Your film for Maestro’s Darlin’ Celsa, taken from the band’s album Mountains of Madness, is a rollicking good marriage of image and music. How did the idea for the narrative come about?
The lyrics helped a lot, since it’s the story of a boy madly jealous of a girl named Celsa, presented to us by the band as a “crazy nymphomaniac”… The retro accents of the song made us think of American college prom nights, and the idea of an old yearbook came pretty quickly to set up the scene. We loved the idea of a grown man still frustrated decades later by his high school obsession, resulted in virtually killing the entire prom and staff of his former school. It reminded us of the obscene and bloody drawings a child tends to do on the faces of people he hates on his classroom photo!
Like your other films, everything feels very considered. Please tell us about the creative process – Was everything planned out in detail?
Not really.. Once the idea accepted by the band, label (Tigersushi) and production company (Slowdance), we just started to realize how much work we had to achieve in less than two months. First, we needed the portraits. So we set up a little photo studio in the back of our office, and within one month, we dressed, shaved, combed and shot a hundred of male friends, friends of friends, family, perfect strangers, and friends of the label including a dozen artists from the French electronic music scene. Meanwhile, we had to find a way to animate all these pretty faces to their inevitable deaths…
It must have been a huge exercise in patience with the amount of post involved. As directors did you oversee the post or did you actually create it yourselves?
Well since it was a tight budget production, and mainly because we enjoy doing things our own way, we did all the post production ourselves. It was actually quite convenient in a way, because we could adapt the animations with the narration and editing all along the process. We struggled a long time to find a satisfying animation style; we started with a friendly bloody cartoonish style, which slowly evolved day after day in a more realistic design. Although it was important not to be too realistic, so that the viewers understand these are actual animated photographs and not filmed portraits.
Technically what were the major challenges?
For this particular project, the shooting consisted in a few scenes written down, and the rest was almost completely random shots of the comedian’s hands turning empty pages at different speed. We gave him directions like: “Here you discover the girl for the first time”, “Here you feel kind of nostalgic”, or “Here you are REALLY losing it”, desperately hoping to have enough raw material to complete a three minute long video!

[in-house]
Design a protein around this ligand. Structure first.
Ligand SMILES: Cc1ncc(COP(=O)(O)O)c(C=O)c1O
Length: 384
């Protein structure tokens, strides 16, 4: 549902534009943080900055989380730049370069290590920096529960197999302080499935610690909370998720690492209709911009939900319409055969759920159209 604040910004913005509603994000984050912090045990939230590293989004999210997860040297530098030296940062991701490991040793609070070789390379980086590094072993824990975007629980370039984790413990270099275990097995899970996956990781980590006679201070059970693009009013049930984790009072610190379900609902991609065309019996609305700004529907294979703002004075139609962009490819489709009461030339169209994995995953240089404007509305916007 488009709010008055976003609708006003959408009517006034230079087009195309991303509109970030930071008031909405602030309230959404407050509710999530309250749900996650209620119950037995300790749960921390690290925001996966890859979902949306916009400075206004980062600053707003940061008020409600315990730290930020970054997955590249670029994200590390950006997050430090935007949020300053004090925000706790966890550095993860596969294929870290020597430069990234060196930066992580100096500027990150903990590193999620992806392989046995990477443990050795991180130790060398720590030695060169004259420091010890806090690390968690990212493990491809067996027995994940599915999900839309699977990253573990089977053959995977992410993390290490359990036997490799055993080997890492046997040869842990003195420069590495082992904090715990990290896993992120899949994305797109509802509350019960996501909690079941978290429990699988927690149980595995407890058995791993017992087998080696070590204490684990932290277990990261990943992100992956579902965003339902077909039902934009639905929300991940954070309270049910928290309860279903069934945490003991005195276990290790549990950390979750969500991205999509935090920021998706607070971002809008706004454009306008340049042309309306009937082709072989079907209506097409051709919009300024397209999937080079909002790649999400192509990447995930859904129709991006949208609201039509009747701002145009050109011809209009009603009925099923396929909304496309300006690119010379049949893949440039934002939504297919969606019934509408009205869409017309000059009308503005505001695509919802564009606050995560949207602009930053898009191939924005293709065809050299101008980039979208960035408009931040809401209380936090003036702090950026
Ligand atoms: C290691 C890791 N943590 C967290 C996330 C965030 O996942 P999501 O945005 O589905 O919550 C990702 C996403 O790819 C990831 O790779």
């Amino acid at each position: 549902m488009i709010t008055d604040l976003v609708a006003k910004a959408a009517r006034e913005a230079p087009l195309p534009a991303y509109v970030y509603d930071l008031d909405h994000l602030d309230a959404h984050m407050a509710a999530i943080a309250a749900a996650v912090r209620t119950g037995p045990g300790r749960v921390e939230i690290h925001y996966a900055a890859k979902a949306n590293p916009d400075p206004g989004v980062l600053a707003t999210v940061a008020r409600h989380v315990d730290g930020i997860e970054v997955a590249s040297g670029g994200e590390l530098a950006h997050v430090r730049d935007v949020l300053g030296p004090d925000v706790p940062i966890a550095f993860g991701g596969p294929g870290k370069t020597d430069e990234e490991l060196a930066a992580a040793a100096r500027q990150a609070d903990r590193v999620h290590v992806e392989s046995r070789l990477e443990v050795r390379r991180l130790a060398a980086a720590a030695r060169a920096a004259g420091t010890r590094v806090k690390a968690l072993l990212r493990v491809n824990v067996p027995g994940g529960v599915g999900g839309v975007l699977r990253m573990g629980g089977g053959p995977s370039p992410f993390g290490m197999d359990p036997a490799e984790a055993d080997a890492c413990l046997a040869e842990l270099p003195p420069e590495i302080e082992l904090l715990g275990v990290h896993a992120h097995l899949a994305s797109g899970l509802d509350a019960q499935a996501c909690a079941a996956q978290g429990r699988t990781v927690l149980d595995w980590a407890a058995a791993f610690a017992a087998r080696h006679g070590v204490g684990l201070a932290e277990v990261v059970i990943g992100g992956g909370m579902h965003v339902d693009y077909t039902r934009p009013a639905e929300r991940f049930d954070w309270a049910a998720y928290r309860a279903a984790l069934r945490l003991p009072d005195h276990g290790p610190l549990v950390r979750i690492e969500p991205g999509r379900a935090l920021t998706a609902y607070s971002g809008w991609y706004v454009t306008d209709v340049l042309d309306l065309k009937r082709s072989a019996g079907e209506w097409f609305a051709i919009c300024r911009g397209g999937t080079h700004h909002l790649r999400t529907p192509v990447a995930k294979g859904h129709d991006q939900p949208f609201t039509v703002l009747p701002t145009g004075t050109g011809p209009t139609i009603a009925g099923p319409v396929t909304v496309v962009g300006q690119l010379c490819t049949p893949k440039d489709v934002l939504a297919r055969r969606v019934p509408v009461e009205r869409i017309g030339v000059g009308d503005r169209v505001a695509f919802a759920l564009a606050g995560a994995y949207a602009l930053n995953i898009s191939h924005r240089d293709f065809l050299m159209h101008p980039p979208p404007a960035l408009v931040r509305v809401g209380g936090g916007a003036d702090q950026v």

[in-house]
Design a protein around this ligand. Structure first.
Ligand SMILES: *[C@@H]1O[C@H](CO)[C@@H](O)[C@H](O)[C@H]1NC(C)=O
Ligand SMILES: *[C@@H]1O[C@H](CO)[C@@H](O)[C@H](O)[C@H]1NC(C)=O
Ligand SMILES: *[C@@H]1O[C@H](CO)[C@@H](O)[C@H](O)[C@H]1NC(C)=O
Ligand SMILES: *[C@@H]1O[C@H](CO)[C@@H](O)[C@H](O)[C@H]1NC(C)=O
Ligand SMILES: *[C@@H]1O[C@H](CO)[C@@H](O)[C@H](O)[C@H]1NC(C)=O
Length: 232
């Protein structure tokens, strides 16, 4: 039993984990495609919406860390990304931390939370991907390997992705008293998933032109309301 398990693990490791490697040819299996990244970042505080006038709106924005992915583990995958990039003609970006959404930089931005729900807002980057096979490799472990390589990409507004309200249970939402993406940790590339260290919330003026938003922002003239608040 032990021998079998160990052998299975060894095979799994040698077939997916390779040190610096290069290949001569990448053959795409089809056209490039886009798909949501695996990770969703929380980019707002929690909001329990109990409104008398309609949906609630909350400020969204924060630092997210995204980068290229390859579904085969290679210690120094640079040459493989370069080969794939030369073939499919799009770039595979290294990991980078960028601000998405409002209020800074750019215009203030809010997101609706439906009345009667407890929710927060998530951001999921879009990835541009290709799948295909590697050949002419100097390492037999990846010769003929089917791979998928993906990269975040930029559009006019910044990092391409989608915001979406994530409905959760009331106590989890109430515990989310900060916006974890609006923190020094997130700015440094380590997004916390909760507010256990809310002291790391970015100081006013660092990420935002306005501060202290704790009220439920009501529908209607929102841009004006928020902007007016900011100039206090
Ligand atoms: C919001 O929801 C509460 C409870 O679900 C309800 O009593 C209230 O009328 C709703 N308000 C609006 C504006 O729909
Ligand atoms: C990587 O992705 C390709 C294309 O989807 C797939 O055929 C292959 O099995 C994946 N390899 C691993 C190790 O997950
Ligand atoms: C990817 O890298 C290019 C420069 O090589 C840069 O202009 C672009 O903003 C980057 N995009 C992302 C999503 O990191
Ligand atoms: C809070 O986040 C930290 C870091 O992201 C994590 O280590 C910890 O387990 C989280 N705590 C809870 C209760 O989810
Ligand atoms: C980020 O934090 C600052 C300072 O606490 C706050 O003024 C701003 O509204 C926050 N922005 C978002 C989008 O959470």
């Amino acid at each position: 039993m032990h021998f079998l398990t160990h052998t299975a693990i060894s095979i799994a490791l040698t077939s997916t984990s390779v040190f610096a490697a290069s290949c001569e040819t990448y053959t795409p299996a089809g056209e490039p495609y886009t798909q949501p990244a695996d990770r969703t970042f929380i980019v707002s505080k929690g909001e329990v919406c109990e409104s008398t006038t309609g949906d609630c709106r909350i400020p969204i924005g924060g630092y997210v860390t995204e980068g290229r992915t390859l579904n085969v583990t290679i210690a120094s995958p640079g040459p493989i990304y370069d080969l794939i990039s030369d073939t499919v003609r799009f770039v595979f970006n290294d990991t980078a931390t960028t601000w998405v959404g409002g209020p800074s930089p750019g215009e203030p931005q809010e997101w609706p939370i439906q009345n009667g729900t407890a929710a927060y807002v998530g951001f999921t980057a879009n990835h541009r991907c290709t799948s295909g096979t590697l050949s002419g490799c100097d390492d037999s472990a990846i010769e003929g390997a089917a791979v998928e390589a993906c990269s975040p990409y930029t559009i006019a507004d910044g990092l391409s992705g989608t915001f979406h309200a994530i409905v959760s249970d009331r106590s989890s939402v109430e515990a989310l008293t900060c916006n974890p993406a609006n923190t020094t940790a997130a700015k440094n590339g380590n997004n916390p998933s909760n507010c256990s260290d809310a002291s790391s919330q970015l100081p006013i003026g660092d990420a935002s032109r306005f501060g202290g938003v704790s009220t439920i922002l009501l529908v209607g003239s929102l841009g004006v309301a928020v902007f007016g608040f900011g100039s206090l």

It made us work in a really weird way, doing everything at the same time — editing, animating the portraits, integrating them into the yearbook’s empty pages (which was a nightmare by the way).
It was interesting though because usually we like to plan everything and this time we really couldn’t given the short time and budget. So the film kind of constructed itself along the way and we had complete freedom to modify anything, since it was mainly depending on the post that we did ourselves.
Are there any hidden jokes in there?
Since we had to create a whole yearbook piece by piece, we sowed here and there a fair amount of little hidden details, including references to films and tv shows we love, like South Park, Friends, American Beauty, Louis CK… Also, Celsa is supposed to be the only girl in Mount Madness Academy, but we hid one other girl who really wanted to be in the video…
Parachutes, the directing collective you set up soon after graduation, has been running now for a good year in Paris. Are you working on individual projects or do you all bring your strengths to the table for each project and collaborate together?
We work together on each project, conception-wise at least, but our first year was mainly commercial projects that we don’t share a lot as Parachutes. We actually have a few personal projects that we worked on lately, but we have to find a good opportunity to have them produced — maybe another music video?
As a collective how do you know when you’ve cracked it? Is it gut reaction? Did you scrap any sequences in Darlin Celsa that you felt didn’t work?
It was our first real open brief since we created Parachutes and we really wanted to use that opportunity to do something we never did before. We worked day and night on this project and we really started to lose objectivity. At one point, we started to ask our friend’s opinion and adjusted some of the scenes that didn’t work, scenes not understandable enough, or sequences with so many details that you ended up seeing nothing at all…